How much security is ‘enough’ security? Looking at Microsoft 365 Defender vs. Azure SentinelAlex Fields
How much security is ‘enough’ security? This is in fact a trick question, I just threw it in there to get your attention. When it comes to security, one can never be ‘safe,’ but only ‘safer’ (even with the most expensive of cybersecurity tools and talented, dedicated humans to back it up). At the same time, there are so many different cybersecurity products available, even from a single vendor like Microsoft, that it can be difficult to understand what you are getting yourself into when you buy certain products or bundles.
Today, I want to talk about two distinct products that many of my readers still find confusing: Microsoft 365 Defender products (formerly Microsoft Threat Protection), versus Azure Sentinel.
Microsoft 365 Defender
Microsoft 365 Defender is now described as Microsoft’s XDR solution (Extended Detection & Response). It is in fact a marriage of several products under a single banner, and all of these are available through either of the SKUs:
- Microsoft 365 E5
- Microsoft 365 E5 Security
The products that are included under the Microsoft 365 Defender brand are also available as standalone add-ons to any other subscription, and each of them provides coverage over a specific domain or area:
- Defender for Office 365 provides zero-day anti-malware and anti-phishing protection for Exchange Online messages as well as files stored OneDrive for Business, Teams and SharePoint Online
- Defender for Identity provides actionable insights and cybersecurity alerts against traditional Active Directory domains
- Defender for Endpoint is Microsoft’s Endpoint Detection & Response (EDR) product, so this covers security events on endpoint devices
- Microsoft Cloud App Security provides the same types of cybersecurity insights and alerts, but with regard to cloud apps such as Office 365, as well as third-party apps like Box and Salesforce (and several others)
All of these products can share insights with each other through the Microsoft Intelligent Security Graph, and thereby provide Security Operations Center analysts some correlations between seemingly disparate events in different domains. The key here is that these products exist to surface “interesting data” out of all the noise of raw log data.
Plus, you can do some cool stuff like take threat information from a device and integrate that with Azure AD Conditional Access to automatically bar access to devices which are over a certain risk threshold according to Defender. Or, if a malicious file is discovered by Defender on an endpoint, that data can be shared back through to Office 365, where any copies of that malicious attachment, if it exists in any mailboxes, can be ZAP’d into oblivion.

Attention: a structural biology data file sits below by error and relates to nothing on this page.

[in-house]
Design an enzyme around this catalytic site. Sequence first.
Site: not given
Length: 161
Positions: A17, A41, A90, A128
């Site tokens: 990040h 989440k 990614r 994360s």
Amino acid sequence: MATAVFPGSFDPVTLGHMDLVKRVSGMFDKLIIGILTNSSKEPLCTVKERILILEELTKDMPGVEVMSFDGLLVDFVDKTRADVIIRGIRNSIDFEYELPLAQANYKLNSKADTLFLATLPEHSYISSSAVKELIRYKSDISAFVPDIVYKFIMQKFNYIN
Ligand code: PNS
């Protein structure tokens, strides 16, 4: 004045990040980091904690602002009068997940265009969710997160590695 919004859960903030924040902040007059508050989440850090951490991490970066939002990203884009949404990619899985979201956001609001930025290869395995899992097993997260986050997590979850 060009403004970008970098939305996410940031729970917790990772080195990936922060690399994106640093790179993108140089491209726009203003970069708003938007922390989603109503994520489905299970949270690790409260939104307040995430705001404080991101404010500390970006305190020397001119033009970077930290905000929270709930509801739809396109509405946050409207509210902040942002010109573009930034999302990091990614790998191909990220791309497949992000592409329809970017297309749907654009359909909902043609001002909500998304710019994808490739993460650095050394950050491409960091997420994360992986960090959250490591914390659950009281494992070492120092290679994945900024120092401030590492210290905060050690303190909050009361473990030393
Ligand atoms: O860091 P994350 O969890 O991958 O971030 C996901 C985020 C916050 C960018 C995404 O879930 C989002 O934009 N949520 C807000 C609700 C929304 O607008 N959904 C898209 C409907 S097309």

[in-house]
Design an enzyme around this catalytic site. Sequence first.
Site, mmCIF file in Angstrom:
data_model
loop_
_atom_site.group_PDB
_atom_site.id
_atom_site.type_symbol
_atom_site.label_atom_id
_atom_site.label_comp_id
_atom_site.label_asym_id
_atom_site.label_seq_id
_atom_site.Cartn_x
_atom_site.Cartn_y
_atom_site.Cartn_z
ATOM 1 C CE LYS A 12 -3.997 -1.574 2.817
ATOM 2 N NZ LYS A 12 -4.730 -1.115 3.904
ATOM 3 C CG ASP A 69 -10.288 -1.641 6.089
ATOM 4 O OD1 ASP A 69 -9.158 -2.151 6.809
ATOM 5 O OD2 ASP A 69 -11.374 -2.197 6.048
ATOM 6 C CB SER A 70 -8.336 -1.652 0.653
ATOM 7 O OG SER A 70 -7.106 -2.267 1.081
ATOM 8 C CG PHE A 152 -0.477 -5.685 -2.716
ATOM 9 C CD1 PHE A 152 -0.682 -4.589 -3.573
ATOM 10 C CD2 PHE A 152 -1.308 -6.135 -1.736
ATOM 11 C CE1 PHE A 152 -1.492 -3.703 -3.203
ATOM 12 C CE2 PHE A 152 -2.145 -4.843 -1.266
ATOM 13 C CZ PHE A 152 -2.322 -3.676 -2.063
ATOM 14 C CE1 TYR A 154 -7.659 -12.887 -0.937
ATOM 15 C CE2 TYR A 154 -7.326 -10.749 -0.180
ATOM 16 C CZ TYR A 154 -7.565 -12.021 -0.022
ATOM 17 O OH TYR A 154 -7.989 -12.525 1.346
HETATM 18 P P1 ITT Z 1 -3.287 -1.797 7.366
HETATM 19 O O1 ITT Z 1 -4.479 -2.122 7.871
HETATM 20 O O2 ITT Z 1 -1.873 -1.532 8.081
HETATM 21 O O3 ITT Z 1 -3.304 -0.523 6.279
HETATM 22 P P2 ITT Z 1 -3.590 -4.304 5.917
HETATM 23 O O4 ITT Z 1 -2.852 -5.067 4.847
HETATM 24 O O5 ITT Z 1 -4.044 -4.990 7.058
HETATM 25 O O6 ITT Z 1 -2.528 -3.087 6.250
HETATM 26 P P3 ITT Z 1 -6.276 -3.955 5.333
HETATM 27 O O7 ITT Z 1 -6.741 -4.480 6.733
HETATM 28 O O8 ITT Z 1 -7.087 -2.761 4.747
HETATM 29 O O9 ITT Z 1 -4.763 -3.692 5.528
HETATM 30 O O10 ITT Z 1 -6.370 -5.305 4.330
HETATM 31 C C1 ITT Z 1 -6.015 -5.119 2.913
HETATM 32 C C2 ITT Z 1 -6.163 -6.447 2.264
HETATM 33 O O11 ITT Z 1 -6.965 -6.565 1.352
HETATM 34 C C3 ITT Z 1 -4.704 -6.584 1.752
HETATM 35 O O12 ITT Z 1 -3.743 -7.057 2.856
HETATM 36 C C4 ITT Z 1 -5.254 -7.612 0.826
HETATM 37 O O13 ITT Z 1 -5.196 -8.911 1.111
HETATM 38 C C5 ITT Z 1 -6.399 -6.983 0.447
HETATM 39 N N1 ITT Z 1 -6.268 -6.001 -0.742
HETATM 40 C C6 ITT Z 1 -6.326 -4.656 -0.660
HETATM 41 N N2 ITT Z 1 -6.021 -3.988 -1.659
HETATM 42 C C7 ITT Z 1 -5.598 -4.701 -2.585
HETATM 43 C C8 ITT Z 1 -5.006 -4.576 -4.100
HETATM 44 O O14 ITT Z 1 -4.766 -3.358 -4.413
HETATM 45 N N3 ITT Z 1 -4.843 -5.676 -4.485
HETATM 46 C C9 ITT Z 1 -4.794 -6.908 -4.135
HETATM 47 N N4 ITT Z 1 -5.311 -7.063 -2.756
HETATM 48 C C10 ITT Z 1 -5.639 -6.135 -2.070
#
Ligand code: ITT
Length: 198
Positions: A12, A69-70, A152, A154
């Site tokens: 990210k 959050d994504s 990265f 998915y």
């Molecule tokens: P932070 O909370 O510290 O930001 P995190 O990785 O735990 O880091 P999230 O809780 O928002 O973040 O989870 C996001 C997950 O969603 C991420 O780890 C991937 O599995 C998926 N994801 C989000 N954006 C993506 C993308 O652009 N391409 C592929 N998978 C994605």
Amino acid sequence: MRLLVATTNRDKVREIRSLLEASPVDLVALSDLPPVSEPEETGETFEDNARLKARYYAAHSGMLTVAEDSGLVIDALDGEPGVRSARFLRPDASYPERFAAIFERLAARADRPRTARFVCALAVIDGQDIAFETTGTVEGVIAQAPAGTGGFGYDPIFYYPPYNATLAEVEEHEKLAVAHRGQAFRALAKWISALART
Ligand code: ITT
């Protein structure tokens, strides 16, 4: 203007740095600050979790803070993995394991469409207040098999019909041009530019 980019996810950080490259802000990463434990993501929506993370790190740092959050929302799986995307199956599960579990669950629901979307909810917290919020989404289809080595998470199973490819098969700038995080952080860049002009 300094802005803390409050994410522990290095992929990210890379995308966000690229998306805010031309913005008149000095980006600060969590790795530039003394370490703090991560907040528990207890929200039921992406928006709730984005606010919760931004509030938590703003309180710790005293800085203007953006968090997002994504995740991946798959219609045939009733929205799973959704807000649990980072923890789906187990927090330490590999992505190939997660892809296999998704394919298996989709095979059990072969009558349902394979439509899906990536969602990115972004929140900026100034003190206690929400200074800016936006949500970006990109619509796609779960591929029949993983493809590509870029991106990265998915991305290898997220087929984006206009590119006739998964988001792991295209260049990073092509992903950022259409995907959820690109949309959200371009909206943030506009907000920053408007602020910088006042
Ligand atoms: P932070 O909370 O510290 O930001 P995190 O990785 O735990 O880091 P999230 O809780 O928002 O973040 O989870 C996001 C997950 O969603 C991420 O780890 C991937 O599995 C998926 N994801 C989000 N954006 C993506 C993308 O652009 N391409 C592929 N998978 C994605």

Azure Sentinel is a cloud-native SIEM and SOAR tool, which you can use to collect log data from any number of sources, including Microsoft 365 Defender! However, you can also import logs from other on-premises sources such as servers or security appliances including firewalls.
Once you have the log data being ingested into the Azure Sentinel workspace, you can run queries against that data either automatically or manually, and set up your own custom alerts as well as automated responses or playbooks when certain criteria is found or met. This tool would require you to have a more advanced, dedicated SOC team to configure, monitor, tweak and customize this tool over time.
I contrast Sentinel against Microsoft 365 Defender (XDR) products in the following ways:
- I argue that the Defender products are a bit easier/quicker to implement and are less to manage on an on-going basis; even junior, start-up or “part-time” SOC teams can get benefit from these tools quickly and without much capacity being dedicated to their development and maintenance
- Sentinel is much broader in its application and much better for getting at raw data, and building custom queries and hunting. This is especially important when you have data sources outside of the Microsoft 365 space such as on-premises servers and security appliances; as well you can choose to retain your data for longer periods of time in Sentinel.
Microsoft Defender does give you some access to raw data, but it is optimized to surface “interesting” events via alerts (potential incidents). That having been said, know that even Sentinel has some pre-canned alerts and playbooks that you can deploy and use out of the box, meaning you can get value from it pretty quickly. The reality however, is that to get the full benefit of this tool would require a more nuanced approach and more experienced cybersecurity professionals with dedicated capacity.